BUY THE PARK FROM MOM & POP
Dave Loop is an attorney who assists residents with park purchases.
He also serves as VP for Resident Owned Parks for GSMOL.
Do you live in a family-owned manufactured-home park? If so,
this article is for you. Sooner or later, the park will be put up
for sale. The buyer will probably be a real estate investment
partnership, limited liability company or for-pro_t corporation.
Manufactured-home parks are valuable multifamily rental
properties, much sought after by real estate investors. These
investors have lots of money to spend. Eventually, most family
MHP owners will “cash out” and retire – all that money is very
When the family sells the park where you live, your situation is
likely to change for the worse. Rent was a_ordable under family
ownership. But many investors view park residents as a way to
make money – nothing more. Your rent will start climbing after
the investor owns the park.
You’ll have some protection if your area has a rent stabilization
ordinance (RSO). But if the RSO allows the investor to passthrough
increased property taxes (many RSOs do), your rent will go up.
If the park is not protected by an RSO, your rent will
increase (perhaps rapidly). You’ll face two choices: (1) pay the
ever-increasing rent or (2) sell your home (at a reduced value)
and move. Today, many manufactured-home owners around
California are facing these grim choices.
What Can You Do?
Your goal is to protect your economic future and quality of life
from predatory real estate investors. You can achieve this by
(1) organizing your neighbors and (2) buying the park from the
family before they sell to an investor. If the residents buy the
park, rents will stabilize and home values will be protected. You
and your neighbors will have taken control of your housing
Your Hole Card (and How to Play It).
The dictionary says a hole card is “an advantage held in reserve,
for use at a strategic moment.” When buying an MH park from a
family, your hole card is the tax advantage the family gets if they
sell to your resident group. To understand this advantage, _rst
consider the family’s tax disadvantage if they sell to an investor.
When an investor buys an MH park, they give the seller large
amounts of cash (often, millions of dollars). Much of this cash
will be a taxable capital gain for the seller. A capital gain is the
di_erence between a property’s basis (its current value for tax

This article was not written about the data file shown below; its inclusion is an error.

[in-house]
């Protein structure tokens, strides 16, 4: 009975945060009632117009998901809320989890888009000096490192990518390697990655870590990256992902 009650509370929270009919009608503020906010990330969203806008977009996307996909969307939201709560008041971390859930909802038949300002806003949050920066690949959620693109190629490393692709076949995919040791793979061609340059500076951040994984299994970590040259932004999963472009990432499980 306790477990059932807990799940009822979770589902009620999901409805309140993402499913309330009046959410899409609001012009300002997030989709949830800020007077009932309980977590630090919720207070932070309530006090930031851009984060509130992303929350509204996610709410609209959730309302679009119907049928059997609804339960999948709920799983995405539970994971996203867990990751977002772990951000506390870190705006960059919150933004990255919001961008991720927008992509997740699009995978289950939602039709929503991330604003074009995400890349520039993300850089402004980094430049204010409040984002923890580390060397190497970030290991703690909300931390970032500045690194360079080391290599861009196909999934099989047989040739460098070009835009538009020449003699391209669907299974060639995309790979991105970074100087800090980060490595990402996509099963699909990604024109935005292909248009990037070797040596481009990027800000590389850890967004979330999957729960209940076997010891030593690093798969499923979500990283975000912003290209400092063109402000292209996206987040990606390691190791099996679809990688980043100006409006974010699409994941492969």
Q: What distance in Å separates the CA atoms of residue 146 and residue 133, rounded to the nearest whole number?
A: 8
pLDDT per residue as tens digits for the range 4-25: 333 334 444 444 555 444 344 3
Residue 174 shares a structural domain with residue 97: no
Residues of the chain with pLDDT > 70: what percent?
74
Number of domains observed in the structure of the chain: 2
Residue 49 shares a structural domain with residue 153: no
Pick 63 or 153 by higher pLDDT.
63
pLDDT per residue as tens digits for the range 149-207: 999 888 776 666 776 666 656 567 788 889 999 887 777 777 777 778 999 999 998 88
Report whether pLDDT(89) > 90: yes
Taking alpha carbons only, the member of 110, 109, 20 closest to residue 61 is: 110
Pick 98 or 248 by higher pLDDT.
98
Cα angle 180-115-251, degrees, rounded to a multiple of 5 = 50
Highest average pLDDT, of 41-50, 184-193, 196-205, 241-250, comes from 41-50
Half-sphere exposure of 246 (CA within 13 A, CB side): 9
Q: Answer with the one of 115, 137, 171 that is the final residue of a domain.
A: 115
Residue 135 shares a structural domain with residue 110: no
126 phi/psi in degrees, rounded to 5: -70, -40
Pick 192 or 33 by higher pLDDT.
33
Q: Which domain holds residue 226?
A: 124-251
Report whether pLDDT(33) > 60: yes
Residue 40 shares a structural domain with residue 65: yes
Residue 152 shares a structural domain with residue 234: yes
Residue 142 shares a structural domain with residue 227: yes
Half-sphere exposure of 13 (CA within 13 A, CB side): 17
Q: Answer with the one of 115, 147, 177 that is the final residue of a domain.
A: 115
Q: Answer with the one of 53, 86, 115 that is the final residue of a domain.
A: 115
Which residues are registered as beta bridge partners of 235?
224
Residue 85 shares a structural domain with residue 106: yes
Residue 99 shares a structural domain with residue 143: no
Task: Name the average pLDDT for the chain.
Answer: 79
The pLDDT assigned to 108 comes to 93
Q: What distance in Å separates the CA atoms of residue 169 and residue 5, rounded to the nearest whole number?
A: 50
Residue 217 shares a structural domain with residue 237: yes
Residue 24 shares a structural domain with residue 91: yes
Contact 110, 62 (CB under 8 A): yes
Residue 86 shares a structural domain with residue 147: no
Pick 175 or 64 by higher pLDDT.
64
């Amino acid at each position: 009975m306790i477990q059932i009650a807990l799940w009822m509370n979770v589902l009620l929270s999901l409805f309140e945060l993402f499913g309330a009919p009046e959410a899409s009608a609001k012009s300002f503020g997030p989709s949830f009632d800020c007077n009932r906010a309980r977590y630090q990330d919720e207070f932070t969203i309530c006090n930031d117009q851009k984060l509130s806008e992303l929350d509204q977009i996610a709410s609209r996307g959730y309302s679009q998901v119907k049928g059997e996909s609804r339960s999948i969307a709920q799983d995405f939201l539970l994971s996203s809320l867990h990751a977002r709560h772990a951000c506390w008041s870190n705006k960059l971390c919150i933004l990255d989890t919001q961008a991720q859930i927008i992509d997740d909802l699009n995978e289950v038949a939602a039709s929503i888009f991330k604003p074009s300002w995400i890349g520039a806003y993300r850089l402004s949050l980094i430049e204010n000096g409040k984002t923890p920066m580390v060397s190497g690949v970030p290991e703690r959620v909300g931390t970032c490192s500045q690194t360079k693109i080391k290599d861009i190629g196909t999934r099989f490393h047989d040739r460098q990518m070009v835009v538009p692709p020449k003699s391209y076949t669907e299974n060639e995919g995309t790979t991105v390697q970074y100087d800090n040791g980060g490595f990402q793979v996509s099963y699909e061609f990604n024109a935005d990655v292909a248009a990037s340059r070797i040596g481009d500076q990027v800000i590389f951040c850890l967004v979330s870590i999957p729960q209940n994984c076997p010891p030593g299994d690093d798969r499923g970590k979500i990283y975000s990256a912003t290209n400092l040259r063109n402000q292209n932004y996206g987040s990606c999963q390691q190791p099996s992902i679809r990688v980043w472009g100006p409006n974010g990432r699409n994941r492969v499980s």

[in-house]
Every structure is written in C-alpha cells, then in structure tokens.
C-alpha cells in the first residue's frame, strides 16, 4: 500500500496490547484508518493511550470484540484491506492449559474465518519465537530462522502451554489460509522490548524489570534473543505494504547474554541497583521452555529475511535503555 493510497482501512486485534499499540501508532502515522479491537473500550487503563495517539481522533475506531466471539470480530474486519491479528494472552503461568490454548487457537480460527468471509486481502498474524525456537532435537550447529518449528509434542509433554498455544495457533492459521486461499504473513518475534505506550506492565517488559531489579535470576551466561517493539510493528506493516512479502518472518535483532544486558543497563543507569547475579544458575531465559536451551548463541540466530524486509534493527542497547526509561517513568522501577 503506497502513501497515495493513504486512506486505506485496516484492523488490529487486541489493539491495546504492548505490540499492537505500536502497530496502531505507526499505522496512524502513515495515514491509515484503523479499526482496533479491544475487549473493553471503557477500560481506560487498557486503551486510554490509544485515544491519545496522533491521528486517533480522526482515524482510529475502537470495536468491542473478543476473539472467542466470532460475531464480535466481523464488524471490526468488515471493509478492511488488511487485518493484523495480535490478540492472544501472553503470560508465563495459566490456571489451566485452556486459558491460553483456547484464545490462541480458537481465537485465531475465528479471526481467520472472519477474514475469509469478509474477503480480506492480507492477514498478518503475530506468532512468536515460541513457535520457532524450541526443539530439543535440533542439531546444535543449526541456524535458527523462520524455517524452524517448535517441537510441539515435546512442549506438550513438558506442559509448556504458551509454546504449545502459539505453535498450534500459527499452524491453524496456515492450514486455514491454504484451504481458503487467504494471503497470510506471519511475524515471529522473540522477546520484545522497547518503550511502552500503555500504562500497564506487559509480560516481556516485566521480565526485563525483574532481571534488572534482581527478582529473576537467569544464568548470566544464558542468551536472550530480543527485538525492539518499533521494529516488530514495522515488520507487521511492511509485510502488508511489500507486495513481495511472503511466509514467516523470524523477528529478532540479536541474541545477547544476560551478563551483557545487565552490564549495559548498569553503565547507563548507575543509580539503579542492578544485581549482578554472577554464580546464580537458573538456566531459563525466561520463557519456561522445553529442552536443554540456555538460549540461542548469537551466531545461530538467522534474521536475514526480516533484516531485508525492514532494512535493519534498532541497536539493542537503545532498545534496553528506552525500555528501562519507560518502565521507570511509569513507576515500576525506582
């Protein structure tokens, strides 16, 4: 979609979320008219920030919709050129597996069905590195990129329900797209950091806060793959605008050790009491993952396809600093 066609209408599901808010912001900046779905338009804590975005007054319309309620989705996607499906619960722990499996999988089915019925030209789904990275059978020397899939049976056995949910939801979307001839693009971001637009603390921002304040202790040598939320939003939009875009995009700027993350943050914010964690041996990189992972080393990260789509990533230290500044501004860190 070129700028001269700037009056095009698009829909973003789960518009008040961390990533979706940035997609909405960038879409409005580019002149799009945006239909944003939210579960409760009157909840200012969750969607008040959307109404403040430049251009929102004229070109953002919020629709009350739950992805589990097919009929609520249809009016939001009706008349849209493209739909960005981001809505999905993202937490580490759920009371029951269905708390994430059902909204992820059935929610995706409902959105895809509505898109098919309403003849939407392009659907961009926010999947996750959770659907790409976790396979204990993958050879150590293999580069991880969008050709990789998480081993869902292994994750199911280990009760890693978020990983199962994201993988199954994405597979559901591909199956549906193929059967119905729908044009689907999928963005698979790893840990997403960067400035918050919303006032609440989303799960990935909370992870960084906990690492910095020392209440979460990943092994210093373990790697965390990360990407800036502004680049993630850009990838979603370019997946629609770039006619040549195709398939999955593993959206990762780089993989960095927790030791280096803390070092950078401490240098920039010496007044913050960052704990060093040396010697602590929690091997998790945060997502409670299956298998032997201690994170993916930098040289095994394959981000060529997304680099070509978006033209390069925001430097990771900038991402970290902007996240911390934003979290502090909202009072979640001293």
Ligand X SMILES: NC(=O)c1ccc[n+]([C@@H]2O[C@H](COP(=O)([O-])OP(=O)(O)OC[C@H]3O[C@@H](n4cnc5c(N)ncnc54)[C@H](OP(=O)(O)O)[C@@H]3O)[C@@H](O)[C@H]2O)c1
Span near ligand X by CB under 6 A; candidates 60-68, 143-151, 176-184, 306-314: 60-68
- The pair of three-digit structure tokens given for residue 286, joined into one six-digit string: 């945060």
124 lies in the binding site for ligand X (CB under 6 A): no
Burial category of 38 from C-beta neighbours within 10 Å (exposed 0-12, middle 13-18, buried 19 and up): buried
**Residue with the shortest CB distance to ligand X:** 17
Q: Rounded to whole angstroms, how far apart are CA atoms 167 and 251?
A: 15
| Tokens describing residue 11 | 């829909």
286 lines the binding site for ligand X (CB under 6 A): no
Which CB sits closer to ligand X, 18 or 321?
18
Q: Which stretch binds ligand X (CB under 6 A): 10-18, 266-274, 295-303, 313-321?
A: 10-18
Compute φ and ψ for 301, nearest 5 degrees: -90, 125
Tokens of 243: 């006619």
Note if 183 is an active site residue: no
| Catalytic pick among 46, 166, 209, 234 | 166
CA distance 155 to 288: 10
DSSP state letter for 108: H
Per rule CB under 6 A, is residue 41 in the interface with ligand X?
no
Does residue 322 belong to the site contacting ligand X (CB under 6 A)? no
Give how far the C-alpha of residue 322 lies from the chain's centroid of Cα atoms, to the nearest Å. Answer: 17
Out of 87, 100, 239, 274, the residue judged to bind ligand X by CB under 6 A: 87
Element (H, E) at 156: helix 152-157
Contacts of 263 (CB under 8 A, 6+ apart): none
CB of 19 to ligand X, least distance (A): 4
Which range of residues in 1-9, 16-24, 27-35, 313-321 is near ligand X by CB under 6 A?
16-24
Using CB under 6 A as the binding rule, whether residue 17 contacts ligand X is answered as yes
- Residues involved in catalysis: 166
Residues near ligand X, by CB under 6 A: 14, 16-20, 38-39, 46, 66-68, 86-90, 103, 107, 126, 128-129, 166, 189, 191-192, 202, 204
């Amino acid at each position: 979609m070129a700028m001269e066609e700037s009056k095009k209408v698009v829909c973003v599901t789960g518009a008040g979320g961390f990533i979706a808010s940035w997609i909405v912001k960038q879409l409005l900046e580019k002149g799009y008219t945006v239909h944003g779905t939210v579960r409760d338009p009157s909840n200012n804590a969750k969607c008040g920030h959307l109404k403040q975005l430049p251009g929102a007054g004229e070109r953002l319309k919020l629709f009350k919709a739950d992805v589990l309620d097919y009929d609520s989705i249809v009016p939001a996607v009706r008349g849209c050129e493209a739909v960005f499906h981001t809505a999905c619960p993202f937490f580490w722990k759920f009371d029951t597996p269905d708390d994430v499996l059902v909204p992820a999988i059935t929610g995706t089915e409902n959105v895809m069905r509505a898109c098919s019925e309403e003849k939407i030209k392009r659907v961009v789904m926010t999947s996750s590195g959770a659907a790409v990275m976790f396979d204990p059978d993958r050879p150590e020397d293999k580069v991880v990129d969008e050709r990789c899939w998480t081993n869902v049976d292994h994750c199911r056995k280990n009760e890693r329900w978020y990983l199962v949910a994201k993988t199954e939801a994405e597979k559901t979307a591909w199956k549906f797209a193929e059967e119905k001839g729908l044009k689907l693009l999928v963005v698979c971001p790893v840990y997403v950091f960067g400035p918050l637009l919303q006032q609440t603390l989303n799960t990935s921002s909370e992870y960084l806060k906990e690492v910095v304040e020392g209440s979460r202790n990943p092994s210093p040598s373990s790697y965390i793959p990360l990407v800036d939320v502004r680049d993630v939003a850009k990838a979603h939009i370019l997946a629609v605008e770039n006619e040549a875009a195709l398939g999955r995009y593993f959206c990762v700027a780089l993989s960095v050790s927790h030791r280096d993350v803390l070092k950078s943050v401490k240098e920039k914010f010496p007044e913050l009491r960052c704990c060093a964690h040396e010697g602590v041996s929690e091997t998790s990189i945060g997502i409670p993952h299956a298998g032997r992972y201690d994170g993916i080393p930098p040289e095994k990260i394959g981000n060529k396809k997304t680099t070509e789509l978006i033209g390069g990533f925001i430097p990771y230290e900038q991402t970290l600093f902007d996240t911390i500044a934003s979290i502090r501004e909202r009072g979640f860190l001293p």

purposes) and the amount the seller gets for the property.
When a family sells a MH park, their capital gain can be huge.
Their basis is low because they’ve owned the park for many
How can the family minimize its capital gains tax when selling
the park? Answer: By selling it to your resident group using an
“installment” sale. Your resident group pays for the park over
time, not in one lump sum. This spreads the family’s income
from the sale (and their tax liability) over time as well. Unlike
being paid “all cash,” an installment sale can save the family
many thousands of dollars in capital gain. The installment sale
method is your “hole card.” Investors don’t use this method
because it doesn’t put enough of their money “in play” at one
An installment sale works like this: (1) The family sells the park
to the residents’ nonprofit corporation, and the corporation
becomes the park owner. The park’s real estate is the collateral
for the family’s mortgage loan to the residents’ corporation. (2)
Your corporation’s monthly mortgage payments give secure,
regular income to the family that is taxable only when they
receive it. (3) The family has avoided a capital gain tax “bite”
since they were not paid in full when the park was sold.
Your Action Plan.
Be cordial and businesslike with the family-owner. Send them a
– Your resident group is interested in buying the park;
– The residents can create a nonprofit corporation that will pay
top dollar for the park property;
– The residents’ corporation can get commercial mortgage
financing to buy the park. However, an installment sale would
help the family with its potential capital gains tax problem.
Please contact me if you live in a family-owned MH park. I’ll
help you communicate with the owners in a way that may lead
to resident park ownership. If you live in a family-owned park,
but don’t have time or energy to work on this, you can still help.
Please give this article to another resident (or residents) who
might take a leadership role, and ask them to contact me. By
exploring this idea, you and your neighbors have everything to
win – and nothing to lose.